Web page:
Monday, April 14, 2008

The Housing Crisis in Vancouver is now a Human Rights Violation

Article 25(1) of the Universal Declaration of Human Rights states that, "Everyone has the right to a standard of living adequate for the health and well-being of himself and of his family, including food, clothing, housing and medical care and necessary social services, and the right to security in the event of unemployment, sickness, disability, widowhood, old age or other lack of livelihood in circumstances beyond his control."

We have a tendency to look at crises in housing as "Third World" problems, however, we are dealing with epidemic levels of HIV and Hepatitis C infection, social exclusion, and poverty right in our backyard in the ten-block radius known as Vancouver's Downtown Eastside. Botswana has an adult HIV prevalence rate of 24.1%, the second highest in the world after Swaziland. In the Downtown Eastside, the HIV rate grew from 4% in 1992-1993 to 23% by 1998. It's now sitting around 18.6%. The reduction may be partly due to harm reduction initiatives in Vancouver, including the opening of North America's first safe injection site (Insite) in 2003.

In response to epidemics such as this, the Pivot Legal Society, the Impact on Community Coalition, and the Carnegie Community Action Project is officially filing a Human Rights complaint to the United Nations, arguing that the City of Vancouver has breached Article 25(1) of the Universal Declaration of Human Rights. Since winning the 2010 Olympic bid in 2003, the City has converted or closed more than 1000 single room occupancy (SRO) beds through loopholes that allow tenants to be evicted while landlords carry out renovations to buildings. The City has purchased 17 SRO hotels, promising that they will be dedicated to social housing. This is, however, only 20% of the stock homes in he neighbourhood. This means as many as 5000 more people who are already on income assistance will end up on the streets by 2010.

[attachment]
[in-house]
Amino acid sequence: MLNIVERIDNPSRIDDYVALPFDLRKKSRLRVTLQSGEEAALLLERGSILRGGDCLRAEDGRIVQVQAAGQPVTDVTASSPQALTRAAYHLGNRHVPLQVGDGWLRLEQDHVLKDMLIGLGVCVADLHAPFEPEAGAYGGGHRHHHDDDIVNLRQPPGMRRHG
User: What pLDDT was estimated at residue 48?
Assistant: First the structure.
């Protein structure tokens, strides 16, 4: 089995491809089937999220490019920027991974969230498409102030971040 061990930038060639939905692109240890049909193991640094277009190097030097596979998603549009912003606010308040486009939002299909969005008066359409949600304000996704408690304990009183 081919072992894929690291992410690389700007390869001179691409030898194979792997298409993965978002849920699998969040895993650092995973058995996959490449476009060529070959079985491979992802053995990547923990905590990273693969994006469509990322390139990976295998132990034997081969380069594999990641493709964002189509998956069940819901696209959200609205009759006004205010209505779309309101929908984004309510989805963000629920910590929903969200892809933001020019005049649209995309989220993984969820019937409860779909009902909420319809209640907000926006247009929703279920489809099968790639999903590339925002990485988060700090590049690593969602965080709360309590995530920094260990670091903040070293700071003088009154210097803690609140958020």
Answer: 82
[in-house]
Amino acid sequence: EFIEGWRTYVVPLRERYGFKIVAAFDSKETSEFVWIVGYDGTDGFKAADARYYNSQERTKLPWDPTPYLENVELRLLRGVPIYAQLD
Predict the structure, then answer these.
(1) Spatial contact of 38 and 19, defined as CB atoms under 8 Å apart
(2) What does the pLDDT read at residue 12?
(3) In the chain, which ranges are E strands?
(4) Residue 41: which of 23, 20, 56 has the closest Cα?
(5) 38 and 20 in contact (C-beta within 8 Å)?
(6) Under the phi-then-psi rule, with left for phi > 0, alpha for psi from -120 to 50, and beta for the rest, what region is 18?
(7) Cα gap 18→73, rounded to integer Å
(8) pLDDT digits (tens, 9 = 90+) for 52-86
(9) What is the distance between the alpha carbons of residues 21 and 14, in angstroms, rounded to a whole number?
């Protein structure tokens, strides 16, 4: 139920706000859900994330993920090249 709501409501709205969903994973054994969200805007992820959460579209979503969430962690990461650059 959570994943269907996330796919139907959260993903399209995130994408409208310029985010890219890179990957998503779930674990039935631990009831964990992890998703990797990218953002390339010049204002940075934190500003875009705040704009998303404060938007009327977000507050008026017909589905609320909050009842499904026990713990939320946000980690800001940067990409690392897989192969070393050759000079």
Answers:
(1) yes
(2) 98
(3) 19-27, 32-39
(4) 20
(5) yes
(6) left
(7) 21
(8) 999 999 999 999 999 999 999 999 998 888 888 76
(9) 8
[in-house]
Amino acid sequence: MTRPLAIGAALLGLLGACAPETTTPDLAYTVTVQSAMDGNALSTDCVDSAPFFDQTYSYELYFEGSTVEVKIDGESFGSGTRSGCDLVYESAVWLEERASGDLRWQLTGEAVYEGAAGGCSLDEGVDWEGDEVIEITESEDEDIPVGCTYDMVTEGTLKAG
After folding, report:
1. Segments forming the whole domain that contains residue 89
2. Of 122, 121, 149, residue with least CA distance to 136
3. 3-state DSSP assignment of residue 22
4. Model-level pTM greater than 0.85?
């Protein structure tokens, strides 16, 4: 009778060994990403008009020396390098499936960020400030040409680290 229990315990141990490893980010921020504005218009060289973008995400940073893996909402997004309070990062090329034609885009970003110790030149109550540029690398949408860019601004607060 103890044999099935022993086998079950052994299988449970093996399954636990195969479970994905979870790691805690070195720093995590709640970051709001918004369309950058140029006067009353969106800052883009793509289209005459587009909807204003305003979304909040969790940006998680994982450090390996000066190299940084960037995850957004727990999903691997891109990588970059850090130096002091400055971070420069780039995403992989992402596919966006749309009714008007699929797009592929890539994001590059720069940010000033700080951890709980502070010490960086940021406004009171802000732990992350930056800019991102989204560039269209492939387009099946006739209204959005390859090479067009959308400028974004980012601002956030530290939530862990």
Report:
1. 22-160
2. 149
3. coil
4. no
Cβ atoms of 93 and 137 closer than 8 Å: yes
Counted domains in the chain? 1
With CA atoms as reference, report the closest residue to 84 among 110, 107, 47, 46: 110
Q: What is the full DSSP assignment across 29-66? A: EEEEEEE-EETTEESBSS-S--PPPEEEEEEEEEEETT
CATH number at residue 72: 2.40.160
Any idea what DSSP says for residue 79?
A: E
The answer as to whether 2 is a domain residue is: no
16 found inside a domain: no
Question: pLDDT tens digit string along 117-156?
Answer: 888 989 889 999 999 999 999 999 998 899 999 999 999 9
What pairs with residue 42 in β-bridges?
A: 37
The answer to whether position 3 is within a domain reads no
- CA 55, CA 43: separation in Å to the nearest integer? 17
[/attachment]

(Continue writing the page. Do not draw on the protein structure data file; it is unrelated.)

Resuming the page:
Stephanie Levitz of The Canadian Press notes that "In 2006, a UN committee described the state of homelessness and inadequate housing in Canada as a 'national emergency,' and in the fall of 2007, the UN special rapporteur on housing took a two-week tour of Canada and recommended a national large-scale project of social housing" (April 11, 2008).

The complaint will take approximately 18 months to be resolved, just in time for the 2010 Olympic games. In the meantime, however, we are left with a crisis that is still actively displacing individuals and their families -- while the world watches in wait...